What makes our restaurants just so special? The staff of course! Passionate about food, creative and committed to delivering quality, they are what make our kitchens tick. Across our sites our restaurants reinforce just what a wonderful thing a positive spend is – the more food they sell, the more money is ploughed back into the organisation to support the very people who need our help most.
At YMCA Wimbledon, Andrew Smith is the head chef who joined the kitchen three months ago. He has been a chef since he was 16. The military history in his family was a strong pull (his father and uncles were in the armed forces), but a family friend helped get him established as a chef in a small hotel in Ayr, and from there he took off on his career.
“A good friend of my father’s, Andrew Mason, took responsibility for me when I my dad passed away when I was 15 and I owe everything to him. He suggested that I train to be a chef. He organised my first interview for me and I took up a position at a hotel in Ayr, right near the promenade and beach.
“I was there for a year and a half, then I went to the five-star Caledonian hotel in Edinburgh. I thought I knew it all! And I loved it – there was a great buzz with lots of staff. I was studying at college while I was working, and learnt the fundamentals – and more importantly learnt to work in a team
“My favourite thing to cook is fish – it’s great to cook with and you can present it beautifully. If I were to walk into any restaurant, I would always order fish to eat – healthy, fresh and delicious.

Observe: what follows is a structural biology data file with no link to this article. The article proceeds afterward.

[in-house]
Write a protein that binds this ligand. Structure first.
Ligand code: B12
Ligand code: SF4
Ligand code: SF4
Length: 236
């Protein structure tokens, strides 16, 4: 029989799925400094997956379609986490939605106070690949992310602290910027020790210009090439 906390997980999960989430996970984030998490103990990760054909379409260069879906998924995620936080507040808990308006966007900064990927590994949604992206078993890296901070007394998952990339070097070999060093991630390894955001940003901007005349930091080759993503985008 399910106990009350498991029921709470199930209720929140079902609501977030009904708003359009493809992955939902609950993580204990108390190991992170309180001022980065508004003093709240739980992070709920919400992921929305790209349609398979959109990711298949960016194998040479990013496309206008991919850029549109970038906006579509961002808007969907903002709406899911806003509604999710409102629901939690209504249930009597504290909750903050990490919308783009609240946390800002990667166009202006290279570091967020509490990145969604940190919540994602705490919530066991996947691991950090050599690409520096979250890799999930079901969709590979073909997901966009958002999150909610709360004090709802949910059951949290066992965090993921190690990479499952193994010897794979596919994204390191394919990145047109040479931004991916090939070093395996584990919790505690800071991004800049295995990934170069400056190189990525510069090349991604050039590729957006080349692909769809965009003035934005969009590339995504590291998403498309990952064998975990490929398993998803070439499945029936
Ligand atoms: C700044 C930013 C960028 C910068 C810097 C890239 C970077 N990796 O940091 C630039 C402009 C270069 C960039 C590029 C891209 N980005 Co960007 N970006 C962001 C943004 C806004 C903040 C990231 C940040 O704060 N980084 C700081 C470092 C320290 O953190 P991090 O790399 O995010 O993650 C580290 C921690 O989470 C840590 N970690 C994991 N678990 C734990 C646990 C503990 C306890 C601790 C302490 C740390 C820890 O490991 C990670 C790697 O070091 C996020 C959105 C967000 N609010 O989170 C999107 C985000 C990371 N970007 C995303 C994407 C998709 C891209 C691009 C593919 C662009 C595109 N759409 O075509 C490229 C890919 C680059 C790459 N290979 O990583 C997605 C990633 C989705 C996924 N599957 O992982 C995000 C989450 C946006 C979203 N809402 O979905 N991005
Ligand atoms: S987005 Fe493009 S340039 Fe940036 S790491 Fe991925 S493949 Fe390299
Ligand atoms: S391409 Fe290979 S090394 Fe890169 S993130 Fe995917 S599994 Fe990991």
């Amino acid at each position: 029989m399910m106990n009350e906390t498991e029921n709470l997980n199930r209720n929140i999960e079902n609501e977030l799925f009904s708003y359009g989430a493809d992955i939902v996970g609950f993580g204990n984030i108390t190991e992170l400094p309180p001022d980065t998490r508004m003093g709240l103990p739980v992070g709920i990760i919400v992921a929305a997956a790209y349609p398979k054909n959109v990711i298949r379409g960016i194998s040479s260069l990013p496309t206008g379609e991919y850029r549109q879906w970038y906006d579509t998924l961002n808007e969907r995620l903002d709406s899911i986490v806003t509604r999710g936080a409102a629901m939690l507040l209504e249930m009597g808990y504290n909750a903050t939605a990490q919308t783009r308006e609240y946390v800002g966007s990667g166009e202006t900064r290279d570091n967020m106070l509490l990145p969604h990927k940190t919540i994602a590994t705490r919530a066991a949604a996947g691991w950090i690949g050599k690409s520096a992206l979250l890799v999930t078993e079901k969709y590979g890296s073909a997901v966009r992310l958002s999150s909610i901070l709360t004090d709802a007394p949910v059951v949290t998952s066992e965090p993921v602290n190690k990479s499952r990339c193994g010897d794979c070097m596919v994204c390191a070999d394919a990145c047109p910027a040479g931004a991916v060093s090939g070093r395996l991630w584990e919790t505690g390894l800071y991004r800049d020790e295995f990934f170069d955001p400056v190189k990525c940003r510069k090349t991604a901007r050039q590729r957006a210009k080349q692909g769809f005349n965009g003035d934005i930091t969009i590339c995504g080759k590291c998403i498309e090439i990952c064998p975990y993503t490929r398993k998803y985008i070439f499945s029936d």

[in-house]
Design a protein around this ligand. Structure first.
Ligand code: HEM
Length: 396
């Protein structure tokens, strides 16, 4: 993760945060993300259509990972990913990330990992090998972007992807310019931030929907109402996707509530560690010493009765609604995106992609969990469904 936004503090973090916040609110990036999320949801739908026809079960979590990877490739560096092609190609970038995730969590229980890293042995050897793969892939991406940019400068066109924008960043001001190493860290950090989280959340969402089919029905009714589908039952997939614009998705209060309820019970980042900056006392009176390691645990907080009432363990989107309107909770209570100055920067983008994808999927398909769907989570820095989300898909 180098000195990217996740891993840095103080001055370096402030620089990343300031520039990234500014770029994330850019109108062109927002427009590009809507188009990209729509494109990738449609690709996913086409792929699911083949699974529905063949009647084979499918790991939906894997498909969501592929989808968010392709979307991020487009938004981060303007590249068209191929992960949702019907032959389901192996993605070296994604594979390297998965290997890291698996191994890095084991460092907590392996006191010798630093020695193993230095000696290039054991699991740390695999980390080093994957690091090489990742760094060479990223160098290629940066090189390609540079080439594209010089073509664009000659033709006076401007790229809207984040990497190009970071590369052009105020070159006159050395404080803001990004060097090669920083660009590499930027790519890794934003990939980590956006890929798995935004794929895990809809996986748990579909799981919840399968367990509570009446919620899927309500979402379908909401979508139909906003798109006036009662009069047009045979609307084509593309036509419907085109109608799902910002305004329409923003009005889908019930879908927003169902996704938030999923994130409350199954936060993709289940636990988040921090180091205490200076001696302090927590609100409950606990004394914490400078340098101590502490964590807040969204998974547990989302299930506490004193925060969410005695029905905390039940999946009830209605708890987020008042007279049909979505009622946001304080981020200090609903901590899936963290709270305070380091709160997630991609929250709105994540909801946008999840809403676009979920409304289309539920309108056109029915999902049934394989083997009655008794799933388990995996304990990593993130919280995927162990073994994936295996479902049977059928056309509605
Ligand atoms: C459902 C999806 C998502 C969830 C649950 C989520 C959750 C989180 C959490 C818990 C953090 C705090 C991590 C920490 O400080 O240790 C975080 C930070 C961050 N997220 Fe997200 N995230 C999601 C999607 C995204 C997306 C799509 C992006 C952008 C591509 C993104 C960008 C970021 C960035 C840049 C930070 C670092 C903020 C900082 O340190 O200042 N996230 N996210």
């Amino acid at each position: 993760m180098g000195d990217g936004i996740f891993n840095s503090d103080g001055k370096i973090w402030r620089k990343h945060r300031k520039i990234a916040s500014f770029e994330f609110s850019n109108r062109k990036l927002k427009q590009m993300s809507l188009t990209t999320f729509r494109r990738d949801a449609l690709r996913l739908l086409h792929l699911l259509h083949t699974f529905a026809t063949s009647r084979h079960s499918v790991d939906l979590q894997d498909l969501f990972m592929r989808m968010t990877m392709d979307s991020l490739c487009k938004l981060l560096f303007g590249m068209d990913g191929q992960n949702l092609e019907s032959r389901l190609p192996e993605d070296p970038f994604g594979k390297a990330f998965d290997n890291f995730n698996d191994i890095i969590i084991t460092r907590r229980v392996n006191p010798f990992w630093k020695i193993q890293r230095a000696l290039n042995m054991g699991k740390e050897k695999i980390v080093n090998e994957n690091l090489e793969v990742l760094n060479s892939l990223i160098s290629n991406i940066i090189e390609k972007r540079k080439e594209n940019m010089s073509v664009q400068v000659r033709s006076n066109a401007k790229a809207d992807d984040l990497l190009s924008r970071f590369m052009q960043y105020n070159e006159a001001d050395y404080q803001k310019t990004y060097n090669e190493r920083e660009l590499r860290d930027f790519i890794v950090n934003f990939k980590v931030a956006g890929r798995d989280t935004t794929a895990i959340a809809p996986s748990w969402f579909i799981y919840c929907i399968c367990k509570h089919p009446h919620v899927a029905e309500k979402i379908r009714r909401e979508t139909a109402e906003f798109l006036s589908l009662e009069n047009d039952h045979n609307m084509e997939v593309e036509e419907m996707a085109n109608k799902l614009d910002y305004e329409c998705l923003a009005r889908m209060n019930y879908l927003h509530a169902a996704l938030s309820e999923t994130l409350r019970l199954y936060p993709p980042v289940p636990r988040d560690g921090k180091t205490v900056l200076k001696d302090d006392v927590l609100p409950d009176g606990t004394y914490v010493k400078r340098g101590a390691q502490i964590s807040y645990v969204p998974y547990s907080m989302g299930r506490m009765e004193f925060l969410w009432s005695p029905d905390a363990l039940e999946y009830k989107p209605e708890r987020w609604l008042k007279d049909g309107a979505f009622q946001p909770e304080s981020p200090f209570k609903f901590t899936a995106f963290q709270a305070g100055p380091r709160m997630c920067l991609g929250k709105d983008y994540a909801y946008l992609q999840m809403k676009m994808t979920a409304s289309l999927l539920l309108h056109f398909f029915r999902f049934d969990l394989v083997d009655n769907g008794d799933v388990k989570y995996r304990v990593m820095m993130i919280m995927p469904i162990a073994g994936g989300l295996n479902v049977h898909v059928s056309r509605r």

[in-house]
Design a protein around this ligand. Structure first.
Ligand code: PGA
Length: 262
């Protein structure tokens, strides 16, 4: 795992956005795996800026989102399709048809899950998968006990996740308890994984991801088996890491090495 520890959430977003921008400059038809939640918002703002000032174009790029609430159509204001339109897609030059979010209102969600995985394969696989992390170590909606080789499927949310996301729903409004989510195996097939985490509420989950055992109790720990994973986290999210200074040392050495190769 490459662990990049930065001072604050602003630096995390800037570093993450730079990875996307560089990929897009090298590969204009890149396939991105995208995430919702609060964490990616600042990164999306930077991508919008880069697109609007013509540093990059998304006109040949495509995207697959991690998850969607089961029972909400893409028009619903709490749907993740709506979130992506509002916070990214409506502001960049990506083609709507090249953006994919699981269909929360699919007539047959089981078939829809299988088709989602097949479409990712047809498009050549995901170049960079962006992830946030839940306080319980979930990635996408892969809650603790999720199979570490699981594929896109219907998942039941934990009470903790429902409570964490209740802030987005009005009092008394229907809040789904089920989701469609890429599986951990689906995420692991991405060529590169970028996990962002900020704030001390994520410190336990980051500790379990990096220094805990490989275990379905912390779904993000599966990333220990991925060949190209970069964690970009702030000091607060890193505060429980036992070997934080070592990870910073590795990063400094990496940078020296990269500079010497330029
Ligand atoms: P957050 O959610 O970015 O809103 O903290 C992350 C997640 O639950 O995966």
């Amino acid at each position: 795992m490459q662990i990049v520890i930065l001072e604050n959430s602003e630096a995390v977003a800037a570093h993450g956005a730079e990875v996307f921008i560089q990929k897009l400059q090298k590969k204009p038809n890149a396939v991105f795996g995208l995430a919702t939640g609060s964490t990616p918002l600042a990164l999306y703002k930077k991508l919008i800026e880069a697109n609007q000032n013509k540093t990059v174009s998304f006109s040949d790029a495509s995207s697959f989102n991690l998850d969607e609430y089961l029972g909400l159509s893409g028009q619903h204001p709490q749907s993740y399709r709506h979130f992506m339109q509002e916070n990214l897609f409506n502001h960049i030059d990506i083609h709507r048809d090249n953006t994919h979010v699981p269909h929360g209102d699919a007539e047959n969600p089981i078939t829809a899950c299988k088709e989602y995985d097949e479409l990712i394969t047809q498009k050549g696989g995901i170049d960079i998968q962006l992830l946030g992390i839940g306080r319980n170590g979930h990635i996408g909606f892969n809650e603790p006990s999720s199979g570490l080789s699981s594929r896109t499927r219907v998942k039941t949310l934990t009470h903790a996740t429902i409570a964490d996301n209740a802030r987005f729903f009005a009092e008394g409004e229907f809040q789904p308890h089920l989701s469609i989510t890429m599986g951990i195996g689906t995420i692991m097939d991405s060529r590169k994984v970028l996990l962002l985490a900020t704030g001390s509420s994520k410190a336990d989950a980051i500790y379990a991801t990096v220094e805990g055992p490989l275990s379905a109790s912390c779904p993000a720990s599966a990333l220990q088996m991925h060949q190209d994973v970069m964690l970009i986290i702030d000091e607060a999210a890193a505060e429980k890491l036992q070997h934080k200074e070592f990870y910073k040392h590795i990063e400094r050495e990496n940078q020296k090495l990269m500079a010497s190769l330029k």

“Popular dishes here at YMCA Wimbledon are traditional British dishes like pies and roasts. We always have a fresh salad and fruit. We try to source the best ingredients and cook fresh. I want the public to come in more at lunchtime and enjoy the food, that’s how I would like to develop the restaurant.”
Al Kolley is the Catering Manager at YMCA East London and runs a busy restaurant which is open to the public and the hostel residents from 7.30am until 8pm. He started training to be a chef at college in Cornwall, then moved to London to study hotel management. He was part of the team that set up the prestigious Conran restaurant Pont de la Tour, as well as top London hotels the Savoy and the Landmark.
“I still cook here, and get involved. I actually ran the whole restaurant for 6 months in the beginning with no chef! I have set high standards here and want to keep them in place.
“We do resident’s breakfasts and the public join us for that; it’s a continental style, no fry ups.
For lunch we open from 12pm-2pm and the public can come in and out throughout the day for snacks and tea and coffee. It’s one of my aims to develop Brunch for the public, but we aren’t able to do that yet. So between 10 am and 12pm is an area that I want to develop.
“At lunchtime we have a soup and a roll, all home-made, plus a meat dish, fish dish and veggie dish as well as a pudding. The reason I put together a menu like that is to give people more options and it’s healthy. We also have salads and jacket potatoes and sandwiches, too. Supper runs from 5pm-7pm for residents and the public. Anyone can come off the bus and in here to eat.